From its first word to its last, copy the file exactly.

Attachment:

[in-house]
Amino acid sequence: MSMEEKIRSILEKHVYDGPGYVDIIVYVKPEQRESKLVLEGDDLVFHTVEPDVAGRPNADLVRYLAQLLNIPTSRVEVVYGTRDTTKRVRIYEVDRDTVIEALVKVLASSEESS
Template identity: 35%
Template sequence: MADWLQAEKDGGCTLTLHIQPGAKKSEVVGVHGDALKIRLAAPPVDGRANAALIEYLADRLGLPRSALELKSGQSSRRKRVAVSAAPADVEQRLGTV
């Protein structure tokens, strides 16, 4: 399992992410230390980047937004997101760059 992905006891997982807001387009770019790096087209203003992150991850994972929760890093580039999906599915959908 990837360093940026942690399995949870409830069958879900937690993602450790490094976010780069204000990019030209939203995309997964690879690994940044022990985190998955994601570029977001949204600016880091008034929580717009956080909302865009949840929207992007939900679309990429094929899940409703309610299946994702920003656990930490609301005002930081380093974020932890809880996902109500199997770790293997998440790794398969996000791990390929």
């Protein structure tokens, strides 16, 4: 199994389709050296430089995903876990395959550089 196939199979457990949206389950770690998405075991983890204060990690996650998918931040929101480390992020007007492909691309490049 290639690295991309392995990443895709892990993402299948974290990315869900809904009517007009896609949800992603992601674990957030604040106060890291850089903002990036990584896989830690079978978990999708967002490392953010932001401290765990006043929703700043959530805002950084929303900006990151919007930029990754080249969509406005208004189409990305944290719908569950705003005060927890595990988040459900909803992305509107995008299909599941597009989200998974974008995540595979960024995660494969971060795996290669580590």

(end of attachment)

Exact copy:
[in-house]
Amino acid sequence: MSMEEKIRSILEKHVYDGPGYVDIIVYVKPEQRESKLVLEGDDLVFHTVEPDVAGRPNADLVRYLAQLLNIPTSRVEVVYGTRDTTKRVRIYEVDRDTVIEALVKVLASSEESS
Template identity: 35%
Template sequence: MADWLQAEKDGGCTLTLHIQPGAKKSEVVGVHGDALKIRLAAPPVDGRANAALIEYLADRLGLPRSALELKSGQSSRRKRVAVSAAPADVEQRLGTV
């Protein structure tokens, strides 16, 4: 399992992410230390980047937004997101760059 992905006891997982807001387009770019790096087209203003992150991850994972929760890093580039999906599915959908 990837360093940026942690399995949870409830069958879900937690993602450790490094976010780069204000990019030209939203995309997964690879690994940044022990985190998955994601570029977001949204600016880091008034929580717009956080909302865009949840929207992007939900679309990429094929899940409703309610299946994702920003656990930490609301005002930081380093974020932890809880996902109500199997770790293997998440790794398969996000791990390929």
């Protein structure tokens, strides 16, 4: 199994389709050296430089995903876990395959550089 196939199979457990949206389950770690998405075991983890204060990690996650998918931040929101480390992020007007492909691309490049 290639690295991309392995990443895709892990993402299948974290990315869900809904009517007009896609949800992603992601674990957030604040106060890291850089903002990036990584896989830690079978978990999708967002490392953010932001401290765990006043929703700043959530805002950084929303900006990151919007930029990754080249969509406005208004189409990305944290719908569950705003005060927890595990988040459900909803992305509107995008299909599941597009989200998974974008995540595979960024995660494969971060795996290669580590």